When we think about Mexico, we typically think massive wall and drugs. However, moving to the east of Mexico leaves you in a Carribean country with amazing beaches and people. You don’t need to search further than Cancun and Merida for idyllic cities to live in.
A lesser-known fact about Mexico is that it has the biggest pyramid ever built. Yes bigger than the great pyramid of Giza. Add to this the Day of the Dead festival and all the tequila you can drink and you are bound to have a great time. The living cost in Mexico is 22% below that of South Africa and some of the coastal Carribean cities offer even better value for money.
I wanted to show you what life in Peru is like, but I just could not resist this picture. Few people need any more motivation to visit Peru than Machu Picchu. However, the attractions in Peru are not limited to Machu Picchu, you can sandboard in Huacachina, cruise on the Amazon river or hike the rainbow mountain. The cost of living in Peru is 11% lower than in South Africa and definitely offers an interesting alternative.
A country that rose from the ashes of socialism, Chile is one of the best countries to live in today. Because of its long narrow shape, it has one of the longest coastlines in the world. The Atacama Desert in the North is the driest place in the world and to the South, you will find massive amounts of ice with large penguin populations.
You can also do hikes up one of the 104 volcanoes in Chile (a lot of which are still active) or you can swim in the biggest swimming pool in the world. The living costs in Chile is about 10% more than in South Africa, but because of their free-market policies, the economy is doing extremely well. The Gross Domestic Product (GDP) growth is 4% and unemployment is less than 7%.
Malaysia offers incredible cuisine, comprising a mixture of Malay, Indian and Chinese food. Street food is almost affordable enough to eat out most of the time. Malaysia is also close to the equator and this means that the temperature rarely fluctuates and you can almost go to the beach year-round. This is great since you are close to so many vacation destinations like Bali and Thailand.
You will be able to get by only speaking English in most of Malaysia and healthcare is extremely affordable. The best thing about Malaysia is that living costs are low and you will be able to get by on 10% less than you would spend in South Africa.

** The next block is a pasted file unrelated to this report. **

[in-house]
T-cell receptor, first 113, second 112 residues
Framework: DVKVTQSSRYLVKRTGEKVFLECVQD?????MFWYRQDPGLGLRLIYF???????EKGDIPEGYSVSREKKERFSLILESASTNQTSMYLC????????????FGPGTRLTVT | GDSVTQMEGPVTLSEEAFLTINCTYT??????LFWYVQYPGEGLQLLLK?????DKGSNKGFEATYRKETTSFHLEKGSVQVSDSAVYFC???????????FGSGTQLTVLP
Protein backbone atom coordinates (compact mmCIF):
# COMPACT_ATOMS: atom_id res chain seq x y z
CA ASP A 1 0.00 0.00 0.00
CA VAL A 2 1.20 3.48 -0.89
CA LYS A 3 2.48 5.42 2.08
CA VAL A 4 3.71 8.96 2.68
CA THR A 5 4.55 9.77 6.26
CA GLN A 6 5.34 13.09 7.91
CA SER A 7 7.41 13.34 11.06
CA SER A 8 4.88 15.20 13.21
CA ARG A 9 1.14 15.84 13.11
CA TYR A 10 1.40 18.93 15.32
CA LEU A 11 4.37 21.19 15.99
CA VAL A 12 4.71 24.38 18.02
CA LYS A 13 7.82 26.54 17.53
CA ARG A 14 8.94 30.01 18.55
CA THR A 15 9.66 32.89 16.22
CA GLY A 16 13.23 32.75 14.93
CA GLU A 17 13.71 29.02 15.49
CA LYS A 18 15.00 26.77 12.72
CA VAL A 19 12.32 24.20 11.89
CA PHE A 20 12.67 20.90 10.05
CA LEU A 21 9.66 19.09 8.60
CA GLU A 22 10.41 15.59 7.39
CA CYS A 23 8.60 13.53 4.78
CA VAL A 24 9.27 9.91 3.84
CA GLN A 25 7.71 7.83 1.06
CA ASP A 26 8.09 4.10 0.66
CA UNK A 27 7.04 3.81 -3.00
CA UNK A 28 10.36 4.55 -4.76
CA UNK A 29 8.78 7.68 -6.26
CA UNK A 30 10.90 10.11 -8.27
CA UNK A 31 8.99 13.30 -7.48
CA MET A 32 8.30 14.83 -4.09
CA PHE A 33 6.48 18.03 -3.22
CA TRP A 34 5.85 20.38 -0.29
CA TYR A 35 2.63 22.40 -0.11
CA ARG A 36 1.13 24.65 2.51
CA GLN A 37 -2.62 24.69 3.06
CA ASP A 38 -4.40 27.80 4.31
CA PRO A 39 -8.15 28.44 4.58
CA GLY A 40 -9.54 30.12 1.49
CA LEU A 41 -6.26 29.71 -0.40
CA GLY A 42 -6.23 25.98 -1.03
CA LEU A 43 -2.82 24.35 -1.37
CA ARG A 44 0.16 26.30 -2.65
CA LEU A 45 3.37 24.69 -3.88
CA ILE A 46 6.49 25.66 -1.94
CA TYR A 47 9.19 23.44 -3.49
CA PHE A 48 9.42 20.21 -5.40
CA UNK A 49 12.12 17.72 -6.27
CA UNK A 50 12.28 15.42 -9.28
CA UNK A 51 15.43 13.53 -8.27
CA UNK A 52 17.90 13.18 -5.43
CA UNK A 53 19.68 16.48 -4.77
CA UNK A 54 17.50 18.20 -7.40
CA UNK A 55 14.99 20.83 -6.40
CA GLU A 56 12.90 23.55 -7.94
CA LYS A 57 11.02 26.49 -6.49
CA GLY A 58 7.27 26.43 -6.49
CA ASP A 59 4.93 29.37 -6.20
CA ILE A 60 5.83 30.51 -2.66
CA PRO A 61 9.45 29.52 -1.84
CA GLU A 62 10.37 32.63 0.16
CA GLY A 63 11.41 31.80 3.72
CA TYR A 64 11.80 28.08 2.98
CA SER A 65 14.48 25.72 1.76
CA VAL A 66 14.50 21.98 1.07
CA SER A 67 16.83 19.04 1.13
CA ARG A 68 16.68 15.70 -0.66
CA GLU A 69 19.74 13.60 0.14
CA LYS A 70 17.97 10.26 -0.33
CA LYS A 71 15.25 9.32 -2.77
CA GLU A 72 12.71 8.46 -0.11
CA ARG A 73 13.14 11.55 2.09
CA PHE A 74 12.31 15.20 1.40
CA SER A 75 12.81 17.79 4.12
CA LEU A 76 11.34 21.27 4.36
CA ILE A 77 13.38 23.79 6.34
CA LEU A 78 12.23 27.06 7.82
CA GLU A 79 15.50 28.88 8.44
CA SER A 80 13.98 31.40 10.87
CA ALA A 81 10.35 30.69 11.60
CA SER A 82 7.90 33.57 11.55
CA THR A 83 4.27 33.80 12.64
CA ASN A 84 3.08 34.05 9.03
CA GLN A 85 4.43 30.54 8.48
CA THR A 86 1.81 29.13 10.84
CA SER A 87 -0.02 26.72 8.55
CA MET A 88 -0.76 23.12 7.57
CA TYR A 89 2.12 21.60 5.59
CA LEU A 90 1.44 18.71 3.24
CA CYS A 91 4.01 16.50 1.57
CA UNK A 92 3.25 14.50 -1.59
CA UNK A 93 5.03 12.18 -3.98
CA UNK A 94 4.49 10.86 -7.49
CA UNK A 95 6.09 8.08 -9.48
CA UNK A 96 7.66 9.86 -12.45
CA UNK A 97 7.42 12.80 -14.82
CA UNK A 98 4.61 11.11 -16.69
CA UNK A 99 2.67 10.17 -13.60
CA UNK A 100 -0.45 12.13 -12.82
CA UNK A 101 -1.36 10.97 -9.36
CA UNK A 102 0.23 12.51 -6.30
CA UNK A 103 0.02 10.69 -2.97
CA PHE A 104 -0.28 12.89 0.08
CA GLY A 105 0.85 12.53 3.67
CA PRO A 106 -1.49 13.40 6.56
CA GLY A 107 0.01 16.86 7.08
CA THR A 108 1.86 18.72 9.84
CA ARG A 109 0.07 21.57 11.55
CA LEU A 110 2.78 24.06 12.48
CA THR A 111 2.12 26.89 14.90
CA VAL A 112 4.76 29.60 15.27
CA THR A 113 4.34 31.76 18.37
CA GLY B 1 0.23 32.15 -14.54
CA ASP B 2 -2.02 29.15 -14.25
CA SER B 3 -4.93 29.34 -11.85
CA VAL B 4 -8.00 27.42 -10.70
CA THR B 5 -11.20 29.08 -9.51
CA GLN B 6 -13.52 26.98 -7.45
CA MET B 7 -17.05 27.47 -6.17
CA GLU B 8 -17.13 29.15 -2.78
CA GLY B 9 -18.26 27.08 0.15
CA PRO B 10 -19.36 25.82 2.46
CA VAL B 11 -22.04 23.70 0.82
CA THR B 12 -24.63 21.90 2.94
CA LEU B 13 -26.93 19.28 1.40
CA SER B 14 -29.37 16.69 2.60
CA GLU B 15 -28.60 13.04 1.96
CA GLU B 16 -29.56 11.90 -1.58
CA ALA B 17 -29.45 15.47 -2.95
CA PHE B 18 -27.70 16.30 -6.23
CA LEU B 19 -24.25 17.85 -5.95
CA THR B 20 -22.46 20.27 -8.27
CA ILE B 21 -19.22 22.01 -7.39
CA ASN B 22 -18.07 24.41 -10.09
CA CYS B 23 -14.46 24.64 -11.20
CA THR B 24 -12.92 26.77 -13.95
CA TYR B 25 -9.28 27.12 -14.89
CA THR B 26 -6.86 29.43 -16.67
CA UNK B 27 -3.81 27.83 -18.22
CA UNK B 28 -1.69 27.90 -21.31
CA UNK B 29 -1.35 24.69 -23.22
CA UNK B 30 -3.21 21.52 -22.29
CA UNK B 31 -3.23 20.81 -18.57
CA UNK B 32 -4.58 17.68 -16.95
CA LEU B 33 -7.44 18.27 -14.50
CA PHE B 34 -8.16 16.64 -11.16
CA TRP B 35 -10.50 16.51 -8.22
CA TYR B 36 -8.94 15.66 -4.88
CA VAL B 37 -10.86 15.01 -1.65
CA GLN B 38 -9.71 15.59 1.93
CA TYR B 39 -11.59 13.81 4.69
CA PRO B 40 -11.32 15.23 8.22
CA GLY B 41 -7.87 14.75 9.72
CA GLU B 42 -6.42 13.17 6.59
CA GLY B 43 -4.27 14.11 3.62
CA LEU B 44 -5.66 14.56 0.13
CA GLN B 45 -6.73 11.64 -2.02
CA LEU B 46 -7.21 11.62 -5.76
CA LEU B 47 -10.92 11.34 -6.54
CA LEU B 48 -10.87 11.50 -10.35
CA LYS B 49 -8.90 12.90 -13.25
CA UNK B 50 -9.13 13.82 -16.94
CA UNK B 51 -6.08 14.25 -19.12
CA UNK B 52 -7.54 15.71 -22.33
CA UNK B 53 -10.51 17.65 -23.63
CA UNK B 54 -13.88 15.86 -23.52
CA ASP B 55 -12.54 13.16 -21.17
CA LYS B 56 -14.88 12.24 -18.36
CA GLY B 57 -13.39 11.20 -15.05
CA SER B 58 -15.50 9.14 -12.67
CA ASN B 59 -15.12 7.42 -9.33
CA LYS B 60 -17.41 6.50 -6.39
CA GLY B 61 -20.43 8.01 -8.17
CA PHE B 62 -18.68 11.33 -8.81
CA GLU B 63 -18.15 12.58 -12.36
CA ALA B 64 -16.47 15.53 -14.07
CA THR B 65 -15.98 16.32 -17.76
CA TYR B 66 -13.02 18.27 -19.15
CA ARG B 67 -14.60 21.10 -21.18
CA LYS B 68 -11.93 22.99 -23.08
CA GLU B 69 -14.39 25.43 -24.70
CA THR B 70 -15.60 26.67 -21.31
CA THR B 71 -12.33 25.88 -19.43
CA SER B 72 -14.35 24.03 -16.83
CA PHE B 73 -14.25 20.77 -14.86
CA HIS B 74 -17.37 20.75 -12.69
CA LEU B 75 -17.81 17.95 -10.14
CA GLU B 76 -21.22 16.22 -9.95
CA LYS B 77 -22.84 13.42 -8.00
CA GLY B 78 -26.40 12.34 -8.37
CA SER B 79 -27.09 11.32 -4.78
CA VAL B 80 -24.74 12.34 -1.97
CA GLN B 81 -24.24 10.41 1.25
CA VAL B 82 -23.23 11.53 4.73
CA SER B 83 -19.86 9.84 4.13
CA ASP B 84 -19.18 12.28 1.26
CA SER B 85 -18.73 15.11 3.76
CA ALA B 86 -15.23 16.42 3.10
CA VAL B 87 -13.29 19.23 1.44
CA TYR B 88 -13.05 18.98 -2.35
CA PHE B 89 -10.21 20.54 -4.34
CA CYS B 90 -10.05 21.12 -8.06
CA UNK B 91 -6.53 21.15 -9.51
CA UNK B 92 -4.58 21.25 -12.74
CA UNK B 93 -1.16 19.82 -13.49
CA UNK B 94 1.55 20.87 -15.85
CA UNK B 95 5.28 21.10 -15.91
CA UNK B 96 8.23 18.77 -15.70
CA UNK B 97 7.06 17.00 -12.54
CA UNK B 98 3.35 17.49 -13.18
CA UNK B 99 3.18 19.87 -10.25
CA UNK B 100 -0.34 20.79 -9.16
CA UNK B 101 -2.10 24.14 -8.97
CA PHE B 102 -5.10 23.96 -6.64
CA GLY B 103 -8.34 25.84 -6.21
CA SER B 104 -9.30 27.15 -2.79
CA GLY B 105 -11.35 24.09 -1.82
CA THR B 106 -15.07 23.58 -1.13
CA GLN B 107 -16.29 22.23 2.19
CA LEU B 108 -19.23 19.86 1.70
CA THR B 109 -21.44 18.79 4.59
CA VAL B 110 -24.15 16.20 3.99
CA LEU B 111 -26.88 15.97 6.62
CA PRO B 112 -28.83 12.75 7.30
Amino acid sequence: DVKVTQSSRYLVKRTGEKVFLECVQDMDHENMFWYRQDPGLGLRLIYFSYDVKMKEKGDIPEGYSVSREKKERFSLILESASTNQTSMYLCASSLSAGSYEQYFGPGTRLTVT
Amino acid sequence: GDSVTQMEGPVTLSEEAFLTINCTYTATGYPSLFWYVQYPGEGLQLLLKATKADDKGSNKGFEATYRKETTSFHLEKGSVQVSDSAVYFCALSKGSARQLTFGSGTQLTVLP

Turkey is an interesting country, situated in both Europe and Asia. Istanbul is the only city in the world situated on two different continents. What makes this so interesting is that it has western and eastern cultures all mixed into one city. One of the few places you will find ancient cathedrals and mosques in one city.
Turkey also has the remains of Troy, an underwater city and a city carved from volcanic ash. What more could you want in a country? Granted they are involved in unrest at this stage, so I’d maybe give it a few years for the war to blow over. The cost of living in Turkey is 18% lower than living in South Africa, so your money will really go far.
If you did not see anything you liked on this list you can also check out Argentina (12% less), Slovakia (2% more), Tunisia (42% less), Ecuador (4% less), Romania (18% less) and Belarus (25% less). All of these countries offer exceptional opportunities for geographic arbitrage. So keep these in mind when you want to relocate after your financial independence.
Be safe out there,
Cape Talk interview
I did an interview about Geographic Arbitrage that can be found in the Cape Talk podcast section.
Quote of the week“If you think adventure is dangerous try routine, it’s lethal.” – Paulo Coelho Click To Tweet
Thank you for reading to the end. Apparently, the average person spends 8 seconds on a page, so you are special. If you have any suggestions, feel free to drop me a mail on the contact page. If I missed anything or you have questions, don’t hesitate to comment below. I might even notice it and respond. If you enjoyed this article and really want to throw me a bone, please share it.
Lastly, if you want to be bombarded with emails known as the newsletter I send out once a month (if I remember), please subscribe on the right. There are also links to my Twitter and Facebook pages on the right (or at the bottom if you are browsing with a phone). All information is based on my opinion and you can read more about this in the legal disclaimer.